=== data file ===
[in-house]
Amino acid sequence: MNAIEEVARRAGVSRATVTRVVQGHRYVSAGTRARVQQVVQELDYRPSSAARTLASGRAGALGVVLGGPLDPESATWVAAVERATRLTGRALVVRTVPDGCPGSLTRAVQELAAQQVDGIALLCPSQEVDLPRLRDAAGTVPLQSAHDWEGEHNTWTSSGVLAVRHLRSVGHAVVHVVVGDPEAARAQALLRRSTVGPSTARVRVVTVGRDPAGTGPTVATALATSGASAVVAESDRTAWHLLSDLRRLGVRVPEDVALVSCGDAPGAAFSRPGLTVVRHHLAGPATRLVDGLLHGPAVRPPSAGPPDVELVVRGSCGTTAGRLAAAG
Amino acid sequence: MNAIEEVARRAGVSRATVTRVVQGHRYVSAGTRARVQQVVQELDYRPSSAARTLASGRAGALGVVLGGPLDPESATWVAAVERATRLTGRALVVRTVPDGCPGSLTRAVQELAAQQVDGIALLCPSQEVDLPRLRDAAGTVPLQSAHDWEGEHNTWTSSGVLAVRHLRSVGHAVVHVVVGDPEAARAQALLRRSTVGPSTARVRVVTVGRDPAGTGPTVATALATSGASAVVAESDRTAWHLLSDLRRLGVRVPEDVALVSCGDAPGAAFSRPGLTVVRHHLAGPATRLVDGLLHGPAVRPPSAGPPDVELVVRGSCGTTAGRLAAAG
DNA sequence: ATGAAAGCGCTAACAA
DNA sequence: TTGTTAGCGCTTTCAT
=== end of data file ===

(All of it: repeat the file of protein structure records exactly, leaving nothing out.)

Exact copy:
[in-house]
Amino acid sequence: MNAIEEVARRAGVSRATVTRVVQGHRYVSAGTRARVQQVVQELDYRPSSAARTLASGRAGALGVVLGGPLDPESATWVAAVERATRLTGRALVVRTVPDGCPGSLTRAVQELAAQQVDGIALLCPSQEVDLPRLRDAAGTVPLQSAHDWEGEHNTWTSSGVLAVRHLRSVGHAVVHVVVGDPEAARAQALLRRSTVGPSTARVRVVTVGRDPAGTGPTVATALATSGASAVVAESDRTAWHLLSDLRRLGVRVPEDVALVSCGDAPGAAFSRPGLTVVRHHLAGPATRLVDGLLHGPAVRPPSAGPPDVELVVRGSCGTTAGRLAAAG
Amino acid sequence: MNAIEEVARRAGVSRATVTRVVQGHRYVSAGTRARVQQVVQELDYRPSSAARTLASGRAGALGVVLGGPLDPESATWVAAVERATRLTGRALVVRTVPDGCPGSLTRAVQELAAQQVDGIALLCPSQEVDLPRLRDAAGTVPLQSAHDWEGEHNTWTSSGVLAVRHLRSVGHAVVHVVVGDPEAARAQALLRRSTVGPSTARVRVVTVGRDPAGTGPTVATALATSGASAVVAESDRTAWHLLSDLRRLGVRVPEDVALVSCGDAPGAAFSRPGLTVVRHHLAGPATRLVDGLLHGPAVRPPSAGPPDVELVVRGSCGTTAGRLAAAG
DNA sequence: ATGAAAGCGCTAACAA
DNA sequence: TTGTTAGCGCTTTCAT